Impact of COVID-19 on PreK and K-12 Education in the US.
According to Education Week, some 31 school districts in Florida face deep budget cuts due to school closures and the adverse effects on the economy due to the coronavirus pandemic. The school districts have instituted a hiring freeze on 134 positions, but there is still a huge deficit.
COVID-19 Impact on PreK and K12 Education in the US
- According to the Education Commission of the United States, early childhood education programs have been struggled to recruit qualified staff in recent years. This situation is exacerbated by the COVID-19 pandemic.
- Early education programs in the United States rely primarily on private tuition, state funding, and federal funding to run smoothly.
- In March this year, the National Association for the Education of Young Children surveyed private providers of PreK education in the United States. The survey found out that 89% of the providers said they could not survive extended school closures without additional resources.
- According to the Education Commission of the United States, PreK education policymakers are faced with budget cuts, and they are trying to make the most informed decisions with limited resources at their disposal.
- The Learning Policy Institute interviewed revenue and budgeting experts across the United States, who projected that state revenues and education spending would fall by between 10% and 20%.
- While the CARES package offers some relief for schools in the US and may cushion some from the economic impact of COVID-19, most Americans think it's not enough.
- In a letter to congress, teachers, parents, and principals are requesting at least $175 billion more funding to K-12 schools.
- According to the Learning Policy Institute, a 15% slash in education spending will see over 300,000 teachers being laid off.
PreK Schools Operations and Technology Usage
- Since most schools were shut down in the wake of COVID-19, most learners have been engaging in online classes, including PreK learners.
- However, many education stakeholders believe that preschool should not be offered online.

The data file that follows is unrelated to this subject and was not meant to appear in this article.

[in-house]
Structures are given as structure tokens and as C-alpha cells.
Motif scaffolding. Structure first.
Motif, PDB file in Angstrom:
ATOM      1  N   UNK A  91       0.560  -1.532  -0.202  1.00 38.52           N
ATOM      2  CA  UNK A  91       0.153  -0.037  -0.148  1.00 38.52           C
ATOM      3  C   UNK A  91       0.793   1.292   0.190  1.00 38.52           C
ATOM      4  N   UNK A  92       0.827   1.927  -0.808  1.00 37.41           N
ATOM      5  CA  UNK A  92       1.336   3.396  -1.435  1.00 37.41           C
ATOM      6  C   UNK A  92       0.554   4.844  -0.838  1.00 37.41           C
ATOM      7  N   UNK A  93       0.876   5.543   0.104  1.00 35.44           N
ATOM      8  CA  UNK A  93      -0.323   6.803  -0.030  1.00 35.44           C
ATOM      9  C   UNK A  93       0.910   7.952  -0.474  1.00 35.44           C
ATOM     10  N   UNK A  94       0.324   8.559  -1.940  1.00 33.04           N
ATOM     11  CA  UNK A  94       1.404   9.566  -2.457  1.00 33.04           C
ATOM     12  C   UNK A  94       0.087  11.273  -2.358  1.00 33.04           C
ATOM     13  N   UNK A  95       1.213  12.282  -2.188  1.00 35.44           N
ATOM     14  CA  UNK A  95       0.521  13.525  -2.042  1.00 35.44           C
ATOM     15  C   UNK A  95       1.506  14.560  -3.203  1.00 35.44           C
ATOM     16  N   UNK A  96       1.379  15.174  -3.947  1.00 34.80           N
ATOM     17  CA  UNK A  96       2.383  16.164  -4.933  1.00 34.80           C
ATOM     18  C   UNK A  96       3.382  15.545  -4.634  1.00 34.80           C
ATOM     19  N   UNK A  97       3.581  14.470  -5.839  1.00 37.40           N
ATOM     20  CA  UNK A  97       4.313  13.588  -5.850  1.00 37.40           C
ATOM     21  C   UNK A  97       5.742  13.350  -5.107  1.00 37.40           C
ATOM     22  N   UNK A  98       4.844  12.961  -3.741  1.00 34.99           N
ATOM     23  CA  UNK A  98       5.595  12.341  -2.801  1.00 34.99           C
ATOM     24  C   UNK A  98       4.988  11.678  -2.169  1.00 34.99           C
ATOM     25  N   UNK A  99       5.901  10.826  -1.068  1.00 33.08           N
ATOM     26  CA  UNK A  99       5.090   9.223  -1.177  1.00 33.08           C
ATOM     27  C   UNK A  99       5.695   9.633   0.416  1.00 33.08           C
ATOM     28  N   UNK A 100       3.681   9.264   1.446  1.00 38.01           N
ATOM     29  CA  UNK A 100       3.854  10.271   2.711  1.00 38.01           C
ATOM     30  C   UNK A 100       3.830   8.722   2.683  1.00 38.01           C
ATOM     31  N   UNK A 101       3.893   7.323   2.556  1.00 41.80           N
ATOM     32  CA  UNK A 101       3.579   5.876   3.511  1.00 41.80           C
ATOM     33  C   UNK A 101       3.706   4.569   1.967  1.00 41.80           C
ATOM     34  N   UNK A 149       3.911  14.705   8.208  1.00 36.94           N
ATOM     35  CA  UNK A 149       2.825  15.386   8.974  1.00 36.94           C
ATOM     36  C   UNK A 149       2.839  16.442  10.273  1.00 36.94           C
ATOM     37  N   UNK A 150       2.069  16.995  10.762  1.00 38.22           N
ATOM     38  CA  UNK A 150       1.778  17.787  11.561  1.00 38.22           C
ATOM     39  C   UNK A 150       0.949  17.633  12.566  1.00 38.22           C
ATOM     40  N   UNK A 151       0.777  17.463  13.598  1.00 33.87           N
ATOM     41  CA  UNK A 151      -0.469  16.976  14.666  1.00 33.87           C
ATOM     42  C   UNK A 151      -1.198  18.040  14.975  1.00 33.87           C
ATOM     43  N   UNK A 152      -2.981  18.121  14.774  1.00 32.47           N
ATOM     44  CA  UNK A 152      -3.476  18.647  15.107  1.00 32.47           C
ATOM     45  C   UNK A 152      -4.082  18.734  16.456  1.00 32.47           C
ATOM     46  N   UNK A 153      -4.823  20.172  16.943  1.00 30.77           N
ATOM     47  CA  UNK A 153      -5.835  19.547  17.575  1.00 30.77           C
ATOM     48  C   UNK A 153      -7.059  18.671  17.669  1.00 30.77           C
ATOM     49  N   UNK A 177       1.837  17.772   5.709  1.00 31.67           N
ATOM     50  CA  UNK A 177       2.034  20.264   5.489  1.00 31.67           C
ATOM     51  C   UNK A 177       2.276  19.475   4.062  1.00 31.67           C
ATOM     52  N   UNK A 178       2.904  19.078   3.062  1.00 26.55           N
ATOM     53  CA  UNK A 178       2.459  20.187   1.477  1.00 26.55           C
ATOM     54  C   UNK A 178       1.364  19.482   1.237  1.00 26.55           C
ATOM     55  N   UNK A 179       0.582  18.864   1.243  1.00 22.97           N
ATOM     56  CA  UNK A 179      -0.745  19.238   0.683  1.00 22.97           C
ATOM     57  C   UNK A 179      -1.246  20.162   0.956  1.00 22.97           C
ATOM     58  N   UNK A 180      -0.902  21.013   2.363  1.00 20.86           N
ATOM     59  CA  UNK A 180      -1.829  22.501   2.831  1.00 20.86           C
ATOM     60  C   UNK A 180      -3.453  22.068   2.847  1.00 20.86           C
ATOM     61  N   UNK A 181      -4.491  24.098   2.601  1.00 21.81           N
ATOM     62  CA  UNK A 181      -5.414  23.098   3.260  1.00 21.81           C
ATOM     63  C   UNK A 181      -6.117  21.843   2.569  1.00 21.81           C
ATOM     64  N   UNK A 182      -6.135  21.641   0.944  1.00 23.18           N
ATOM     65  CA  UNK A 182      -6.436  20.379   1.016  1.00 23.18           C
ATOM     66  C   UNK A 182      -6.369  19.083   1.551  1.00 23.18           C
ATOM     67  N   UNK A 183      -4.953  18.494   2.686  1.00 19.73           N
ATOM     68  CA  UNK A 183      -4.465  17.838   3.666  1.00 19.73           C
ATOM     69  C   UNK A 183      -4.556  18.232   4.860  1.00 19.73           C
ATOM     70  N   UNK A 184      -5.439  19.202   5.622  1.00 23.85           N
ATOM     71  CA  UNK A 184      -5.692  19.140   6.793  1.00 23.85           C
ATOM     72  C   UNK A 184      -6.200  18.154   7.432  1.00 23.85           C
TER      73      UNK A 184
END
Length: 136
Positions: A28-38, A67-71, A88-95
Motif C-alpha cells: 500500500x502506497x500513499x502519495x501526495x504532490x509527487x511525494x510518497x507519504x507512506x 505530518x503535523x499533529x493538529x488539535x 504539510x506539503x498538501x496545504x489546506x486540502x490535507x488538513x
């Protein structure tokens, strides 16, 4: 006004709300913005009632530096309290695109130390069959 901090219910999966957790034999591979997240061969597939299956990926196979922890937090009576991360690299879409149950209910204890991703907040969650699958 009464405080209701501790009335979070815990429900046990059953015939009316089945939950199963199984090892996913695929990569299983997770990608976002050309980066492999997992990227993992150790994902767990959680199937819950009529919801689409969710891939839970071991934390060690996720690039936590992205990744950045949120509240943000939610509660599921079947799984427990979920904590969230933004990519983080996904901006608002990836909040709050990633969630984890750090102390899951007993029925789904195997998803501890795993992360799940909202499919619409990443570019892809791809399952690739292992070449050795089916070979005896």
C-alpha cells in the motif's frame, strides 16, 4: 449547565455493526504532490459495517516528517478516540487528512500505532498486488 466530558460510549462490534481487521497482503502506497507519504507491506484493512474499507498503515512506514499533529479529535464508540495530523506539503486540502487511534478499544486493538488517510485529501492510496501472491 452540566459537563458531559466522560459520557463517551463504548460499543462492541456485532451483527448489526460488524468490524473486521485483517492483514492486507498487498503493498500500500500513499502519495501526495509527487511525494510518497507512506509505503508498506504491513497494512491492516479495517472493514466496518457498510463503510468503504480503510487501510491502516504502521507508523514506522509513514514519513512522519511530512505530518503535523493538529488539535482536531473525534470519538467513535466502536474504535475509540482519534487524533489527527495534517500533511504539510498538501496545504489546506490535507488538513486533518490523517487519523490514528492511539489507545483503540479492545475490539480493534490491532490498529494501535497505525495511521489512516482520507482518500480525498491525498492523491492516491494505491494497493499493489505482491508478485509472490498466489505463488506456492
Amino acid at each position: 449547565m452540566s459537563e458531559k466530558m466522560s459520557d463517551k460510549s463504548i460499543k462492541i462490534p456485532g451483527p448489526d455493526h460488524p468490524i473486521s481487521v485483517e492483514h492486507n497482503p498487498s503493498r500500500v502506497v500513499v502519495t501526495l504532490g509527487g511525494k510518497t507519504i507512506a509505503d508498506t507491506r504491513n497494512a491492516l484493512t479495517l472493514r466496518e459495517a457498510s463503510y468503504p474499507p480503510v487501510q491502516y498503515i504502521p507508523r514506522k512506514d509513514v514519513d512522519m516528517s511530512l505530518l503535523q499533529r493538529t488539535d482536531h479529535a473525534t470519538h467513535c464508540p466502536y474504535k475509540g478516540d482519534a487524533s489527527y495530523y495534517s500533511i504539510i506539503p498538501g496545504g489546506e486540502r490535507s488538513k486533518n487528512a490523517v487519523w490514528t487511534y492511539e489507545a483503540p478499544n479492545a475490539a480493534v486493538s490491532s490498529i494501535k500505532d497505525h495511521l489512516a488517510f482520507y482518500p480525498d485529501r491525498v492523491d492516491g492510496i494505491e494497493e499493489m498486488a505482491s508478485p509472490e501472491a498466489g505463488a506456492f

- Rhian Allvin, executive director of the National Association for the Education of Young Children, posits in a blog post that it's close to impossible to substitute "high-quality, full-day, full-year early-childhood education program" with preschool online learning.
- According to her, preschool learning is best performed physically between teachers and students and among the students themselves, and there can be no online equivalent of such a curriculum.
- The resumption plans of the academic calendar differ from state to state, but for most of them, in-person learning will be the most preferred method of teaching PreK students.
- According to Education Dive, the continuation of learning during the duration of the pandemic depends on the type of program they are enrolled in and the funding the program receives.
- State-funded programs in Georgia and Alabama have quickly developed online learning resources for learners to use at home, and they are encouraging teachers to connect with their students using Zoom and other channels.
- According to Jaritza Jimenez, a lead teacher, she hopes families would create time "for music in the kitchen, doing art outside and using household items for nature, math and science activities."
- Early childhood educators are also concerned with how this prolonged absence from the classroom set up will affect how students adjust to kindergarten.
- Heather Williams, a pre-K teacher, says, "Pre-K is their first experience with school, and it has a significant impact on their entire educational career. My students won’t get to re-do or makeup this missed time. They are missing a lot of opportunities for socialization, which is a major focus of Pre-K."
- A recent survey on American parents by Caissa Public Strategy revealed that a majority of parents have reservations about sending their children back to school in the fall. A whopping 89% of the respondents expressed their concerns about the safety of their children if they return to school during COVID-19.